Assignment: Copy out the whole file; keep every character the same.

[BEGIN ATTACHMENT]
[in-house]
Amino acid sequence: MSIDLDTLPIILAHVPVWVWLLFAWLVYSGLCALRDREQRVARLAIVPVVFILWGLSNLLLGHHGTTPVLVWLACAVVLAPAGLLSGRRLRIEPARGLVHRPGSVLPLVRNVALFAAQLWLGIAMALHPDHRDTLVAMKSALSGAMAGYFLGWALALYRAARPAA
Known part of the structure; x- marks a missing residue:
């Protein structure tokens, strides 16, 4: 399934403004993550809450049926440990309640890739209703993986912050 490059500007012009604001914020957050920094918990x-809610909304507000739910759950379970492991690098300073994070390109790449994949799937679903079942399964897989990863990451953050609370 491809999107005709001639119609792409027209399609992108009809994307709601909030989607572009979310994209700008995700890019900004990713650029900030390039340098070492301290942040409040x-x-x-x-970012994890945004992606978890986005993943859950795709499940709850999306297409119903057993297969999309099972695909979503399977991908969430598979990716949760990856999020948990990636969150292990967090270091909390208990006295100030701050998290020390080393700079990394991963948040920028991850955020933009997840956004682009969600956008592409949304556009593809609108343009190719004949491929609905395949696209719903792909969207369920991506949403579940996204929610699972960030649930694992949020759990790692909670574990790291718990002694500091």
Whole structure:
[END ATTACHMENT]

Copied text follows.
[in-house]
Amino acid sequence: MSIDLDTLPIILAHVPVWVWLLFAWLVYSGLCALRDREQRVARLAIVPVVFILWGLSNLLLGHHGTTPVLVWLACAVVLAPAGLLSGRRLRIEPARGLVHRPGSVLPLVRNVALFAAQLWLGIAMALHPDHRDTLVAMKSALSGAMAGYFLGWALALYRAARPAA
Known part of the structure; x- marks a missing residue:
């Protein structure tokens, strides 16, 4: 399934403004993550809450049926440990309640890739209703993986912050 490059500007012009604001914020957050920094918990x-809610909304507000739910759950379970492991690098300073994070390109790449994949799937679903079942399964897989990863990451953050609370 491809999107005709001639119609792409027209399609992108009809994307709601909030989607572009979310994209700008995700890019900004990713650029900030390039340098070492301290942040409040x-x-x-x-970012994890945004992606978890986005993943859950795709499940709850999306297409119903057993297969999309099972695909979503399977991908969430598979990716949760990856999020948990990636969150292990967090270091909390208990006295100030701050998290020390080393700079990394991963948040920028991850955020933009997840956004682009969600956008592409949304556009593809609108343009190719004949491929609905395949696209719903792909969207369920991506949403579940996204929610699972960030649930694992949020759990790692909670574990790291718990002694500091």
Whole structure: